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Supplier Relationship Management and delivering Australia’s Guided Missile Frigates

Line of Defence, April 2016

Royal Australian Navy Frigates - on time, every time.Royal Australian Navy Frigates - on time, every time.


The 2016 Australian Defence White Paper (ADWP) commits the Australian Government to forming a new partnership with the Australian defence industry “to ensure Defence gets the equipment, systems and personnel it needs on time and on budget.” This will involve strengthening Defence’s collaboration with industry, cutting red tape and investing in new technologies to help build industry competitiveness.

This, states the White Paper, will require Defence to be a “smart buyer”, which will necessitate a stronger relationship with Australian defence industry to provide expertise in managing projects. The creation of the new Capability Acquisition and Sustainment Group, it asserts, has got this process underway by strengthening Defence’s relationship with industry and simplifying processes, with further procurement streamlining on the way.

Jennie Vickers, Auckland-based Chair of IACCM.Jennie Vickers, Auckland-based Chair of IACCM.Jennie Vickers, Auckland-based Chair of the International Association for Contract & Commercial Management (IACCM), states that this new type of relationship between Defence and industry – described in the White Paper and embodied in the reforms informing it – reflects an ongoing shift towards the values of Supplier Relationship Management (SRM).

Ms Vickers’ insights into this evolution have been informed through IACCM’s selection to provide Supplier Relationship Management (SRM) training to the ADF.

According to Ms Vickers, managing contractual relationships according to SRM is about “putting charters in place, looking at behaviours, building trust, putting the right structures in place.” Teaching SRM, she observes, is not as simple as teaching people communication skills. “It’s not a soft skill, it’s actually pretty hard; its about managing relationships.”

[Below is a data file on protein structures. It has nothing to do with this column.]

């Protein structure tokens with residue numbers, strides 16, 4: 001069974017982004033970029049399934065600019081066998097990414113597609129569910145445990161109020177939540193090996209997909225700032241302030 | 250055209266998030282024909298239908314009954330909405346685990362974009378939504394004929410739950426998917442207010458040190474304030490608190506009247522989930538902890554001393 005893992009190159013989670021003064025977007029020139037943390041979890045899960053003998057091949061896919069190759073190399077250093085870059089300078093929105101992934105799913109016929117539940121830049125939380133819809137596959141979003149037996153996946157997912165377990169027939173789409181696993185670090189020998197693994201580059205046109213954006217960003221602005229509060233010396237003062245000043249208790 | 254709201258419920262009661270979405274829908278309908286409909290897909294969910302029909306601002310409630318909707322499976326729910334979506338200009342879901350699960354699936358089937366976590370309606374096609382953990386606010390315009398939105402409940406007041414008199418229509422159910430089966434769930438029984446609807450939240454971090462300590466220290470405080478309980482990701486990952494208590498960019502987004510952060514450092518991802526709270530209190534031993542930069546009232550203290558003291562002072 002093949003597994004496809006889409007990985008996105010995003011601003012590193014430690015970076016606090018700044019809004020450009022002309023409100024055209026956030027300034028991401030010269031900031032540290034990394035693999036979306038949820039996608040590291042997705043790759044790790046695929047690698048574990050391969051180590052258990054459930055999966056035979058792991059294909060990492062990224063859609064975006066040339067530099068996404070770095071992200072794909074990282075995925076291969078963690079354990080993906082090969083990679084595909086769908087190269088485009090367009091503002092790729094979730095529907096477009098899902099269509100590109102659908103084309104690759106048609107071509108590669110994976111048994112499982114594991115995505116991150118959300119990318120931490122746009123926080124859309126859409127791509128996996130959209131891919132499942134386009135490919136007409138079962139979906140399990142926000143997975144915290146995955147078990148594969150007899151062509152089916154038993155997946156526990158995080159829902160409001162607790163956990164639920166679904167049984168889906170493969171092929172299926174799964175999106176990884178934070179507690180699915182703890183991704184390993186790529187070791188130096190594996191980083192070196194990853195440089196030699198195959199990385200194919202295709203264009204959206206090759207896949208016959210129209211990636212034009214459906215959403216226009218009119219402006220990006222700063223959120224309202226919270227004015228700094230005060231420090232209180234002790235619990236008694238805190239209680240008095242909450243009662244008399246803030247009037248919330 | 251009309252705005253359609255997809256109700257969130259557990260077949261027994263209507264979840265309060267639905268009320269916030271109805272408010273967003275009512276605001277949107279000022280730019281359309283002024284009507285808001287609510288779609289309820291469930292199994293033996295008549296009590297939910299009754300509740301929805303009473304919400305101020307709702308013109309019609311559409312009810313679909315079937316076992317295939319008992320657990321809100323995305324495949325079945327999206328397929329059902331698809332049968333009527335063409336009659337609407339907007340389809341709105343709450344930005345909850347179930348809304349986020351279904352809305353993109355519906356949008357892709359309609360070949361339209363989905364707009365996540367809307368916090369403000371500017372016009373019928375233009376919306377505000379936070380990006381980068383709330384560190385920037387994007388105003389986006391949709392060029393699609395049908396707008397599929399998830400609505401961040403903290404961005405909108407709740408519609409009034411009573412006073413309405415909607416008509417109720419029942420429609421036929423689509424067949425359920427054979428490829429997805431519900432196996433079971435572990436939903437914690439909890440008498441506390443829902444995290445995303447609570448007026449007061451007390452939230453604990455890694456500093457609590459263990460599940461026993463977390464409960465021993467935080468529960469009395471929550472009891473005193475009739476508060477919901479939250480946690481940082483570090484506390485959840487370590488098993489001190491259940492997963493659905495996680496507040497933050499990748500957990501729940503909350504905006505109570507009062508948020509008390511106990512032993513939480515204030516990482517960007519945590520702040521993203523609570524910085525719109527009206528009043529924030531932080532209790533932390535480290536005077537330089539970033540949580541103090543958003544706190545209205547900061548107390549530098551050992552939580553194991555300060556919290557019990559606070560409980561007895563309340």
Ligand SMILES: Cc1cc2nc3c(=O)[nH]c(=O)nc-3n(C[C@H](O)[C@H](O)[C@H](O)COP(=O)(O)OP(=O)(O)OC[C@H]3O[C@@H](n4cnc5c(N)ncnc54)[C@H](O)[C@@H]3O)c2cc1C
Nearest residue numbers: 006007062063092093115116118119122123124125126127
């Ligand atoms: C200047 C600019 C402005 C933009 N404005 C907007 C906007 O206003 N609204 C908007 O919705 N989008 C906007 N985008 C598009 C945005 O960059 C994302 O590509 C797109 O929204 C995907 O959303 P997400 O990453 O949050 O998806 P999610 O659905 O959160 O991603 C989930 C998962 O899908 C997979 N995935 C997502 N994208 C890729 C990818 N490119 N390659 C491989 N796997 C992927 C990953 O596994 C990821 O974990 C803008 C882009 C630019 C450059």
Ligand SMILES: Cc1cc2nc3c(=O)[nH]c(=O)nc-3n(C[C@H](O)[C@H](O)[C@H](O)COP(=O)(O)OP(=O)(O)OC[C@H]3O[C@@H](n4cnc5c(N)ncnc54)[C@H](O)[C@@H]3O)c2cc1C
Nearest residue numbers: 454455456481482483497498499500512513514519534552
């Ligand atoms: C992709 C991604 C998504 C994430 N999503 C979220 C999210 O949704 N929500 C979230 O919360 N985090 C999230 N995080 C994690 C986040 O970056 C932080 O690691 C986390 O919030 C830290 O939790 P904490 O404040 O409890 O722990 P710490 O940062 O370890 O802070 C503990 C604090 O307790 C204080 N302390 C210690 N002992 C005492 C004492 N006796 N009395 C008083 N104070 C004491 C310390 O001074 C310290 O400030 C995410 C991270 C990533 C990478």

SRM can be defined as a set of principles, processes, and tools that assist organisations to maximise the value of their relationship with suppliers and to minimise risk through the entire supplier relationship life cycle. It involves a clear commitment between the supplier and the buyer, and – where possible – codifying the interactions between them. It’s about joint value creation based on trust, open communication and collaboration.

Values of openness and trust were incorporated into IACCM’s ADF training in a very real sense, with Ms Vickers conducting mixed training sessions attended by both Defence and private sector personnel.


One Defence: the enterprise approach

Commissioned in August 2014, First Principles Review: Creating One Defence was released on 01 April 2015 with the aim of ensuring that Defence would be fit for purpose and able to deliver against its strategy with the minimum resources necessary. The wide-ranging recommendations of the review are still being implemented across Defence, and some of the changes have been more painful than others.

One of the four key features of the ‘One Defence’ approach advocated by the review was “An end-to-end approach for capability development with Capability Managers having clear authority and accountability as sponsors for the delivery of capability outcomes to time and budget supported by an integrated capability delivery function and subject to stronger direction setting and contestability from the centre.”


The 'One Defence' business model.The 'One Defence' business model.